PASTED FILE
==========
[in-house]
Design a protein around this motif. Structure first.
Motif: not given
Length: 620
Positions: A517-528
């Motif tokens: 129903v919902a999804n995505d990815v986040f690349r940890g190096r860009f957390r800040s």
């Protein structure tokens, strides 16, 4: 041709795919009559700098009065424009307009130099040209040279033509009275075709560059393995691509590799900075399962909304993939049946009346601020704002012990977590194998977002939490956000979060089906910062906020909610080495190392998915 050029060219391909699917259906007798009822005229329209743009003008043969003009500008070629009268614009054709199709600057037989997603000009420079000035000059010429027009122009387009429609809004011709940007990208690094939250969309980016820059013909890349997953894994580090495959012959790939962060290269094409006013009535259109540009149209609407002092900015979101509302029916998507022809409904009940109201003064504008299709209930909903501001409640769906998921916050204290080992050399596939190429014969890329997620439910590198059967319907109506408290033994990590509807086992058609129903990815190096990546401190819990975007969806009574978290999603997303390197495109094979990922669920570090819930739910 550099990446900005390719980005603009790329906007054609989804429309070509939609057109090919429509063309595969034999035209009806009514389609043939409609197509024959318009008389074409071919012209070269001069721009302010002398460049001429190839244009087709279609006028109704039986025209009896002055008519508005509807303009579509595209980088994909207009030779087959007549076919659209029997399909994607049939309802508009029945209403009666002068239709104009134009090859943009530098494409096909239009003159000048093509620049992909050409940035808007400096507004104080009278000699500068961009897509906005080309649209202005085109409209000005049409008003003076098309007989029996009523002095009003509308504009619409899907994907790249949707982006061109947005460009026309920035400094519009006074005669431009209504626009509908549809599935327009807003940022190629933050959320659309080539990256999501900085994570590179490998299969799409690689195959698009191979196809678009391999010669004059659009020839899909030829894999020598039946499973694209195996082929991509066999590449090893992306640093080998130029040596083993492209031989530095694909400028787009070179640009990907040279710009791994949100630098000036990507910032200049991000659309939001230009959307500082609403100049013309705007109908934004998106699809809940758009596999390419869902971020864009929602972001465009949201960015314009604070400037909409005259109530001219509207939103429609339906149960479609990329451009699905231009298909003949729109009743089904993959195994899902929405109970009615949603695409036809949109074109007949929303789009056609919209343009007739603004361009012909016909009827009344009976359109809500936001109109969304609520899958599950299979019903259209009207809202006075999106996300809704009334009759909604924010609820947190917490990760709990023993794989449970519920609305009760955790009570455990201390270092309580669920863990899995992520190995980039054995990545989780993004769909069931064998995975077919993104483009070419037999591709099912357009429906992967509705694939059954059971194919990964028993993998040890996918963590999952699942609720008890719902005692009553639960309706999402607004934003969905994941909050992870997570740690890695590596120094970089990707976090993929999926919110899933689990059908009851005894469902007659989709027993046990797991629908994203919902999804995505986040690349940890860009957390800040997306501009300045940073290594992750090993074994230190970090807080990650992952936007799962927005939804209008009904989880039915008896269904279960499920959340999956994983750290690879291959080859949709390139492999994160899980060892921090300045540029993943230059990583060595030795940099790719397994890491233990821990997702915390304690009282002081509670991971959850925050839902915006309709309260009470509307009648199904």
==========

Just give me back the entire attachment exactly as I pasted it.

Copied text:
[in-house]
Design a protein around this motif. Structure first.
Motif: not given
Length: 620
Positions: A517-528
């Motif tokens: 129903v919902a999804n995505d990815v986040f690349r940890g190096r860009f957390r800040s």
């Protein structure tokens, strides 16, 4: 041709795919009559700098009065424009307009130099040209040279033509009275075709560059393995691509590799900075399962909304993939049946009346601020704002012990977590194998977002939490956000979060089906910062906020909610080495190392998915 050029060219391909699917259906007798009822005229329209743009003008043969003009500008070629009268614009054709199709600057037989997603000009420079000035000059010429027009122009387009429609809004011709940007990208690094939250969309980016820059013909890349997953894994580090495959012959790939962060290269094409006013009535259109540009149209609407002092900015979101509302029916998507022809409904009940109201003064504008299709209930909903501001409640769906998921916050204290080992050399596939190429014969890329997620439910590198059967319907109506408290033994990590509807086992058609129903990815190096990546401190819990975007969806009574978290999603997303390197495109094979990922669920570090819930739910 550099990446900005390719980005603009790329906007054609989804429309070509939609057109090919429509063309595969034999035209009806009514389609043939409609197509024959318009008389074409071919012209070269001069721009302010002398460049001429190839244009087709279609006028109704039986025209009896002055008519508005509807303009579509595209980088994909207009030779087959007549076919659209029997399909994607049939309802508009029945209403009666002068239709104009134009090859943009530098494409096909239009003159000048093509620049992909050409940035808007400096507004104080009278000699500068961009897509906005080309649209202005085109409209000005049409008003003076098309007989029996009523002095009003509308504009619409899907994907790249949707982006061109947005460009026309920035400094519009006074005669431009209504626009509908549809599935327009807003940022190629933050959320659309080539990256999501900085994570590179490998299969799409690689195959698009191979196809678009391999010669004059659009020839899909030829894999020598039946499973694209195996082929991509066999590449090893992306640093080998130029040596083993492209031989530095694909400028787009070179640009990907040279710009791994949100630098000036990507910032200049991000659309939001230009959307500082609403100049013309705007109908934004998106699809809940758009596999390419869902971020864009929602972001465009949201960015314009604070400037909409005259109530001219509207939103429609339906149960479609990329451009699905231009298909003949729109009743089904993959195994899902929405109970009615949603695409036809949109074109007949929303789009056609919209343009007739603004361009012909016909009827009344009976359109809500936001109109969304609520899958599950299979019903259209009207809202006075999106996300809704009334009759909604924010609820947190917490990760709990023993794989449970519920609305009760955790009570455990201390270092309580669920863990899995992520190995980039054995990545989780993004769909069931064998995975077919993104483009070419037999591709099912357009429906992967509705694939059954059971194919990964028993993998040890996918963590999952699942609720008890719902005692009553639960309706999402607004934003969905994941909050992870997570740690890695590596120094970089990707976090993929999926919110899933689990059908009851005894469902007659989709027993046990797991629908994203919902999804995505986040690349940890860009957390800040997306501009300045940073290594992750090993074994230190970090807080990650992952936007799962927005939804209008009904989880039915008896269904279960499920959340999956994983750290690879291959080859949709390139492999994160899980060892921090300045540029993943230059990583060595030795940099790719397994890491233990821990997702915390304690009282002081509670991971959850925050839902915006309709309260009470509307009648199904």